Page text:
Last week I read an article that discussed modern conveniences that our grandparents didn’t have. According to the author, Jason, life would still go on if we didn’t have products and services like GPS devices, plastic sandwich bags, tanning salons, and even health insurance. For the most part, I agree.
Of course, that piece got me thinking about other products and services our grandparents lived without that I consider to be truly indispensable today. Here are a few of them:
How important are online communications and business DSL providers today? If the Internet disappeared tomorrow, it would likely result in a tremendous hit to the US economy. A recent study found that the Internet is responsible for a little over 3 million jobs, with the value of their wages alone equal to 2% of GDP — and that’s before you consider lost productivity, reduced avenues for commerce and innovation, and the rapid exchange of information.
Modern Commercial Passenger Jet Airliner
The introduction of the Boeing 707 in 1958 kicked off the Jet Age and the beginning of affordable commercial intercontinental travel for the masses. Today, more people than ever can travel from one coast to the other in a manner of hours — or travel to the other side of the world in less than a day. It’s just too easy to take this convenience for granted.
Credit and Debit Cards
Although Jason says grandma and grandpa got along just fine before “plastic money” was invented in 1950, there are too many credit card advantages to ignore. Besides, we live in the electronic age now; it’s tough to buy anything on the Internet without a credit card. Heck, these days it virtually impossible to even buy an in-flight snack on most airlines without a credit card.
Scoff all you want; you know I’m right.
Automated Teller Machines
Here’s a fun ATM machine fact: Before ATMs became ubiquitous there weren’t a lot of options when banks were closed and you needed a little quick cash. If you were lucky, you could go to a local market that was willing to cash your personal check, or borrow money from a friend or neighbor. If not, no soup for you. You’d just have to wait until the banks opened the next day. Well … unless you were at the front end of a three-day bank holiday. (Talk about a long weekend.)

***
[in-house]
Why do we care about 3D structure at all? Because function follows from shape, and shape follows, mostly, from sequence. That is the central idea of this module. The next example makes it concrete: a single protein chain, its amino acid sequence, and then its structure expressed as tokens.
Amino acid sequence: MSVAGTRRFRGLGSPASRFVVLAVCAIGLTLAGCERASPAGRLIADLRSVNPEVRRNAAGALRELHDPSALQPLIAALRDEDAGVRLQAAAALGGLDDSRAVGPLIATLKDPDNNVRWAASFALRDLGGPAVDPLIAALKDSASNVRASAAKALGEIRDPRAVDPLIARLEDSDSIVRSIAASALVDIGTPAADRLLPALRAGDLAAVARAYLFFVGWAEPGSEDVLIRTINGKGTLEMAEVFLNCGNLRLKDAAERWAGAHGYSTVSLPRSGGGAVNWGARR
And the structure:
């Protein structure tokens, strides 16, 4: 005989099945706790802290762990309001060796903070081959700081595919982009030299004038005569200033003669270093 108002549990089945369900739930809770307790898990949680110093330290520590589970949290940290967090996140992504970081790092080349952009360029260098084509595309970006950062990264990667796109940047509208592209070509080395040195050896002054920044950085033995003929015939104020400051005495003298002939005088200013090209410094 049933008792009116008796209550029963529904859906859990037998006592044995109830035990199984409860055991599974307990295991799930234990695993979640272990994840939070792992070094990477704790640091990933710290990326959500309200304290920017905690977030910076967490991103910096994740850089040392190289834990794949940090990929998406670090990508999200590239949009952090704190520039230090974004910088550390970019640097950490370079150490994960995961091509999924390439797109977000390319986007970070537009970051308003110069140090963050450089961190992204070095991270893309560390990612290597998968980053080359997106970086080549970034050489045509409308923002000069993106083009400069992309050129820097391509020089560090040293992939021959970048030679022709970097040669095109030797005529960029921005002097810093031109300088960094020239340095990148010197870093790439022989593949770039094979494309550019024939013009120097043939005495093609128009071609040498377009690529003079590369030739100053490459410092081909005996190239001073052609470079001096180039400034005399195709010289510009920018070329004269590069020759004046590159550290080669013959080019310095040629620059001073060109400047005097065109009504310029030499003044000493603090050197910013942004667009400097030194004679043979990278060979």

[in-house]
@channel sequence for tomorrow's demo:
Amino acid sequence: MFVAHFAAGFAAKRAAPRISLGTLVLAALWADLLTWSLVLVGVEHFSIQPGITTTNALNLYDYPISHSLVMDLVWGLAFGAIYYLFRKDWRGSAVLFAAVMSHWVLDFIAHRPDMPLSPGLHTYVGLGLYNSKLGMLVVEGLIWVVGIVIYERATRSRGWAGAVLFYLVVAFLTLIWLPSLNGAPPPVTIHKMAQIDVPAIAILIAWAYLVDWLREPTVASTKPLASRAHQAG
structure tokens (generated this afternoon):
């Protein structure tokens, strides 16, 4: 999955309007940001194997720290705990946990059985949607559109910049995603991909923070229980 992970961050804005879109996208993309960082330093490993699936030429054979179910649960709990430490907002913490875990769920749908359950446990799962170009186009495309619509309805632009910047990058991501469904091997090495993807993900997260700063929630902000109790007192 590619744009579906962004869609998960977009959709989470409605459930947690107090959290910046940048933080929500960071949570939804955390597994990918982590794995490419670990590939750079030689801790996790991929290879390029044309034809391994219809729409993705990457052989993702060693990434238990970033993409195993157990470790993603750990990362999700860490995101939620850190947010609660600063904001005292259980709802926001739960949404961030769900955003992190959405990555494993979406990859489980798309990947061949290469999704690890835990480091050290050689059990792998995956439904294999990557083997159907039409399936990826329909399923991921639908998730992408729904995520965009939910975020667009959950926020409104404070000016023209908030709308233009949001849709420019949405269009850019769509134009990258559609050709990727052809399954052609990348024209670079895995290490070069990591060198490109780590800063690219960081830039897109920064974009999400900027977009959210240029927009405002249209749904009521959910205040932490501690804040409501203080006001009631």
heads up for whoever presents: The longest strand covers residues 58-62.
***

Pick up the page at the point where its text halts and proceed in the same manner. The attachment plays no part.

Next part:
The personal computer is arguably the greatest invention of the last 100 years. The power of the computer is used in so many ways, across so many industries, that it is virtually impossible to imagine living in the world today without them.
Tax Preparation Software
Yes, it’s still possible to do your taxes with a calculator, the requisite IRS tax forms, and a sharp pencil. It’s also still possible to make your own soap from rendered animal fat, but that doesn’t make a lot of sense anymore either.
Jason and I disagree here too. People who find themselves away from home without a cell phone and need to make a call have a bit of a problem. That’s because the days of finding a payphone on every corner are long, long gone. At the turn of the century, there were still more than 2 million payphones in the United States. However, by 2007, there were only 870,000 remaining — and anecdotal evidence suggests the numbers have continued to drop. When was the last time you saw a working pay phone?
Overnight Mail Delivery
Although highly important and perishable goods have been delivered by air mail since 1918, an air-based mail system capable of delivering letters and other small packages on a large scale virtually anywhere in the country wasn’t established until 1977. Today, either directly or indirectly, almost everyone takes advantage of overnight mail service more than they want to admit.
Permanent Press Fabric
You think people were upset after Judith Hill got prematurely booted off The Voice in 2013? Well, it’d be even worse if they ever stopped making permanent press fabric; most people would finally have to learn how to use an iron. Then again, at least Grandma would be proud.
Photo Credit: glenngould
(This is an updated version of an article originally posted on April 11, 2011.)